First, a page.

Star Trek technology is coming true; modern medicine has borrowed the idea of the tricorder. There’s currently a $10 million X Prize to produce a working model. The goal is take doctors out of the picture and allow consumers to assess their own health status. To win the money, ten teams have developed hand held devices that can diagnose 16 diseases and monitor half a dozen vital signs in real time. ... Read more »
Fridman GY, Tang H, Feller-Kopman D, & Hong Y. (2015) MouthLab: A Tricorder Concept Optimized for Rapid Medical Assessment. Annals of biomedical engineering. PMID: 25605586
Chandler, D. (2014) A Doctor in the Palm of Your Hand: How the Qualcomm Tricorder X-Prize could help to revolutionize medical diagnosis. IEEE Pulse, 5(2), 50-54. DOI: 10.1109/MPUL.2013.2296803
Gulec SA, Daghighian F, & Essner R. (2006) PET-Probe: Evaluation of Technical Performance and Clinical Utility of a Handheld High-Energy Gamma Probe in Oncologic Surgery. Annals of surgical oncology. PMID: 16865592
by Piter Kehoma Boll Last week I introduced a land planarian that feeds on land snails, Obama ladislavii, or, as I called it, the Ladislau’s flatworm. Therefore, today, I thought it would be great to present a similar situation occurring … Continue reading →... Read more »
Lemos, V., Canello, R., & Leal-Zanchet, A. (2012) Carnivore mollusks as natural enemies of invasive land flatworms. Annals of Applied Biology, 161(2), 127-131. DOI: 10.1111/j.1744-7348.2012.00556.x
Nematodes cause horrible diseases, but they way they reproduce is the most fascinating thing about them. Their sperm aren’t shaped like typical animal male gametes. They crawl instead of swimming, and they have a type of cytoskeleton not seen in any other cell type on Earth. Yet, the nematode is the most numerous type of animal on Earth.... Read more »
H. Ferris. (2009) The beer mat nematode, Panagrellus The beer mat nematode, Panagrellus redivivus: A study of the connectedness of scientific discovery . J. Nematode Morphol. Syst., 12(1), 19-25. info:/
McKnight, K., Hoang, H., Prasain, J., Brown, N., Vibbert, J., Hollister, K., Moore, R., Ragains, J., Reese, J., & Miller, M. (2014) Neurosensory Perception of Environmental Cues Modulates Sperm Motility Critical for Fertilization. Science, 344(6185), 754-757. DOI: 10.1126/science.1250598
Morgan, E., Azam, D., & Pegler, K. (2013) Quantifying sources of environmental contamination with Toxocara spp. eggs. Veterinary Parasitology, 193(4), 390-397. DOI: 10.1016/j.vetpar.2012.12.034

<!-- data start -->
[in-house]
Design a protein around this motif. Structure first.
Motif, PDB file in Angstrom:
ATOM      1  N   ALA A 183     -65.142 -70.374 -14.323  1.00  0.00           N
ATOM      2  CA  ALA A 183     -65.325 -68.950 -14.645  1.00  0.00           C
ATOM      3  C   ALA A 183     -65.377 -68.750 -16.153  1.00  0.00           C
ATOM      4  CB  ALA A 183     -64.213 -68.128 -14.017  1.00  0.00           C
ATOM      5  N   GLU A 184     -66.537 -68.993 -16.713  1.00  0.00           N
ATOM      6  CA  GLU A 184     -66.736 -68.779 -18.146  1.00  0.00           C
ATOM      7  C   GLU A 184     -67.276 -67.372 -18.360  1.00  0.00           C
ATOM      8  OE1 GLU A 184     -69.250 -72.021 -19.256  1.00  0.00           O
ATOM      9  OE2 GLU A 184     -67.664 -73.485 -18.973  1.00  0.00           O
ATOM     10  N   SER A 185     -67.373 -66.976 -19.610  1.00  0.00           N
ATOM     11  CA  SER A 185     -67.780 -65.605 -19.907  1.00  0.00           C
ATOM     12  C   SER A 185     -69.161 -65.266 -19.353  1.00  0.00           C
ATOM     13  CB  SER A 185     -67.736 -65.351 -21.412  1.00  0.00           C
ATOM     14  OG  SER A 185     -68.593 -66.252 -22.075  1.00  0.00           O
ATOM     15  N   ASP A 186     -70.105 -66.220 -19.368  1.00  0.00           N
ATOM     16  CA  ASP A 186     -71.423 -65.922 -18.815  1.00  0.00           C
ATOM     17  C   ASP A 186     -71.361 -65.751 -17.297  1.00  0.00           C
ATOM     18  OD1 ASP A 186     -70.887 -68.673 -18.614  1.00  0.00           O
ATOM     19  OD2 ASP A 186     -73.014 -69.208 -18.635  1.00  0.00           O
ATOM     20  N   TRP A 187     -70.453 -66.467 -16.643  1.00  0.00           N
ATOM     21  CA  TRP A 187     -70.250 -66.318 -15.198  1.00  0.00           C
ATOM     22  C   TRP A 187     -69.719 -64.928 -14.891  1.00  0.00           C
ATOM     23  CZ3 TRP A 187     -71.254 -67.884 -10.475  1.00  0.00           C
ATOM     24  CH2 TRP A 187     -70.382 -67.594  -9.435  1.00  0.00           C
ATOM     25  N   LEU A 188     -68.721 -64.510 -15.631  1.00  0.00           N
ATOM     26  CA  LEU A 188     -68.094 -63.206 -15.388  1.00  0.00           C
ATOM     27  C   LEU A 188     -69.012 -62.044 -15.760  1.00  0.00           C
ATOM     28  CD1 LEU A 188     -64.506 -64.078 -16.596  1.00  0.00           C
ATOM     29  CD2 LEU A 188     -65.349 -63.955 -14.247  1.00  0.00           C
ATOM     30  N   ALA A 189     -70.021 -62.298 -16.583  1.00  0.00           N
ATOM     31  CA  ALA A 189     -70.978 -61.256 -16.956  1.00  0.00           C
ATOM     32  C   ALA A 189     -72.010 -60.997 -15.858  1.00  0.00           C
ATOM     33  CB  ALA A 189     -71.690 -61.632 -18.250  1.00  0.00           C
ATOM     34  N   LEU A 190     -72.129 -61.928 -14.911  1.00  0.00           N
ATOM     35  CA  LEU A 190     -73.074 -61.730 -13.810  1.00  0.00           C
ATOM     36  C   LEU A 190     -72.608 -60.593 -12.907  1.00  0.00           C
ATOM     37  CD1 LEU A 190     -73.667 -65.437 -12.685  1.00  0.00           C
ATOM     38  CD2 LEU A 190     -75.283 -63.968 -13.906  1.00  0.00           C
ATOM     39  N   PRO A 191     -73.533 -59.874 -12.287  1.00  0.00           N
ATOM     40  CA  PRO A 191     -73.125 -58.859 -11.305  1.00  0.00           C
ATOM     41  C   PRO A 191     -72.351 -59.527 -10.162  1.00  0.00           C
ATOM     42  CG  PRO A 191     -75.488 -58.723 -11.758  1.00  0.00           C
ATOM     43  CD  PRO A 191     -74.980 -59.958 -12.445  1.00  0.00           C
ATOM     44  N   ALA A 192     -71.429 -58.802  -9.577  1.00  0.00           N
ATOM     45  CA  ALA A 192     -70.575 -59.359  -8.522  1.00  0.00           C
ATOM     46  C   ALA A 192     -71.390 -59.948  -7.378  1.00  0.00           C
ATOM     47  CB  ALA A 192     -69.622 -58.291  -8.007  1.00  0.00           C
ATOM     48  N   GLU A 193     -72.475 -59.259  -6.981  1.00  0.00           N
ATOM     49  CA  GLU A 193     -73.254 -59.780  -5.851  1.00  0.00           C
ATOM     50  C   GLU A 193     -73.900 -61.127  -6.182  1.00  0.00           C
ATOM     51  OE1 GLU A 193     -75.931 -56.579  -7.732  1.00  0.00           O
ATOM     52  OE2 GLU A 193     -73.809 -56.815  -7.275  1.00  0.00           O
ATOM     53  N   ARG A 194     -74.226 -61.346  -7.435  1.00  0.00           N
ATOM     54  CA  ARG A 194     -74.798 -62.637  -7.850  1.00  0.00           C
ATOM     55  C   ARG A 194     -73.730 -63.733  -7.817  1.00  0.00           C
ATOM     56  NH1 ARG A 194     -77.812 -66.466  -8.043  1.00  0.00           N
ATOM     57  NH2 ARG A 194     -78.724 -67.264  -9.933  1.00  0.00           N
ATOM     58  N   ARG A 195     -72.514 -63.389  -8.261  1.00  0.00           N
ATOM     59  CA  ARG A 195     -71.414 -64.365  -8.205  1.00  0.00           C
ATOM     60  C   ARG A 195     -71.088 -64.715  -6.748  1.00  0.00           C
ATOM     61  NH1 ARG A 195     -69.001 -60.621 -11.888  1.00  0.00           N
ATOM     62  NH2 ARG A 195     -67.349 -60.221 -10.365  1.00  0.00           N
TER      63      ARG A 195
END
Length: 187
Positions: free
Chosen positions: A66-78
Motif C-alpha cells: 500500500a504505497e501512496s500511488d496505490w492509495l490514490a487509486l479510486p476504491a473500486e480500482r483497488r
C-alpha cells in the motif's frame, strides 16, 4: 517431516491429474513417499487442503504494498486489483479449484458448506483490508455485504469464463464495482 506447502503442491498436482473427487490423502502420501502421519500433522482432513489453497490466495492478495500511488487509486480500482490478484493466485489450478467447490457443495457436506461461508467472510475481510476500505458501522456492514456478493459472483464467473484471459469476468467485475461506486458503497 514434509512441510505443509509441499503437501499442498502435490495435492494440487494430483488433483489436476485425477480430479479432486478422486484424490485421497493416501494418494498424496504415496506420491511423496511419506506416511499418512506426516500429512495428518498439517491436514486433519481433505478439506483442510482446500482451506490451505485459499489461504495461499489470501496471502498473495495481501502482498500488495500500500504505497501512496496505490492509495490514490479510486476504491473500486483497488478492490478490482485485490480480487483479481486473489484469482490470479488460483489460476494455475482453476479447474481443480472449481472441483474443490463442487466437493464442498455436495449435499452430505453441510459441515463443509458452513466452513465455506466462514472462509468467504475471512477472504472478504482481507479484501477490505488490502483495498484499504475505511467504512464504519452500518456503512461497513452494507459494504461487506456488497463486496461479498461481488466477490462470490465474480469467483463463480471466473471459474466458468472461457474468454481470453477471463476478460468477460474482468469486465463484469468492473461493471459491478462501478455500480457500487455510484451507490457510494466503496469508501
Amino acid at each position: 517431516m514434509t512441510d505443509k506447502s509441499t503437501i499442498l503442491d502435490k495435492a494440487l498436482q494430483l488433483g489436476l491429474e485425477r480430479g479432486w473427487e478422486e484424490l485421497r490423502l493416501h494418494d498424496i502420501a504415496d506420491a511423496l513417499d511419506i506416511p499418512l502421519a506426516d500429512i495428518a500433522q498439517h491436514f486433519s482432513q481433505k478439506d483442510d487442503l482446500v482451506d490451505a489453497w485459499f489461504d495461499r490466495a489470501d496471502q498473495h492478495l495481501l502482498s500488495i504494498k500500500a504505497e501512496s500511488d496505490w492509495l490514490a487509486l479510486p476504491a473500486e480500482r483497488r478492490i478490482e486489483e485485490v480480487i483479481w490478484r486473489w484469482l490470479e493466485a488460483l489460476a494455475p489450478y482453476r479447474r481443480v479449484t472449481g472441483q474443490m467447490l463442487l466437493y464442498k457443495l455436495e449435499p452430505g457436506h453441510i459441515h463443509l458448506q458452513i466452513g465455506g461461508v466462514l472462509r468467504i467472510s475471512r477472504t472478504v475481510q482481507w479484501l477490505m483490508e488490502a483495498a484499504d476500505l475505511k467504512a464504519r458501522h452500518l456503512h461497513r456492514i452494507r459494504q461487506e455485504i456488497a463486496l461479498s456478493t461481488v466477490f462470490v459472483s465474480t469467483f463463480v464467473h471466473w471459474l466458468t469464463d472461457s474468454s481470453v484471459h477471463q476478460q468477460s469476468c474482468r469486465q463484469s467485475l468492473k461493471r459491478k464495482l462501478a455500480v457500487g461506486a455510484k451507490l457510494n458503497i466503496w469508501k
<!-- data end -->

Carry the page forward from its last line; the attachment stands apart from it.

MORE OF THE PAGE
Sepsenwol S, Ris H, & Roberts TM. (1989) A unique cytoskeleton associated with crawling in the amoeboid sperm of the nematode, Ascaris suum. The Journal of cell biology, 108(1), 55-66. PMID: 2910878
In 1923, Jean Delacour discovered a new species of Pheasant in Vietnam. But things were not as they seemed...... Read more »
HENNACHE, A., RASMUSSEN, P., LUCCHINI, V., RIMONDI, S., & RANDI, E. (2003) Hybrid origin of the imperial pheasant Lophura imperialis (Delacour and Jabouille, 1924) demonstrated by morphology, hybrid experiments, and DNA analyses. Biological Journal of the Linnean Society, 80(4), 573-600. DOI: 10.1111/j.1095-8312.2003.00251.x
by Piter Kehoma Boll Friday fellow is back! After almost a year, I decided to go on with it. Actually, I interrupted it because of several other activities there were requiring my attention. Now let’s move on! Today I will … Continue reading →... Read more »
Boll, P., & Leal-Zanchet, A. (2014) Predation on invasive land gastropods by a Neotropical land planarian. Journal of Natural History, 1-12. DOI: 10.1080/00222933.2014.981312
Some men like to dress up like females. But do you find drag queens in other species? It turns out Nature has some surprises up her sleeves.... Read more »
Norman, M., Finn, J., & Tregenza, T. (1999) Female impersonation as an alternative reproductive strategy in giant cuttlefish. Proceedings of the Royal Society B: Biological Sciences, 266(1426), 1347-1349. DOI: 10.1098/rspb.1999.0786
Slagsvold, T. . (1991) Evolution of Plumage Color in Male Pied Flycatchers (Ficedula hypoleuca): Evidence for Female Mimicry. Evolution, 45(4), 910-917. info:/
SUMMARY: A recent study by a research team in Scotland reveals that birds intentionally choose colour-matching materials to camouflage their nests thereby reducing predation risk. Read more... Read more »
Plants can be moved by wind and water. Their pollen and seeds can be moved by insects, wind, gravity, but plants themselves don't have motile cells. Well – that’s not always true. Some trees have swimming cells; they take the plunge in order to find a mate.... Read more »
Suinyuy, T., Donaldson, J., & Johnson, S. (2013) Patterns of odour emission, thermogenesis and pollinator activity in cones of an African cycad: what mechanisms apply?. Annals of Botany, 112(5), 891-902. DOI: 10.1093/aob/mct159
Vaughn, K., & Renzaglia, K. (2006) Structural and immunocytochemical characterization of the Ginkgo biloba L. sperm motility apparatus. Protoplasma, 227(2-4), 165-173. DOI: 10.1007/s00709-005-0141-3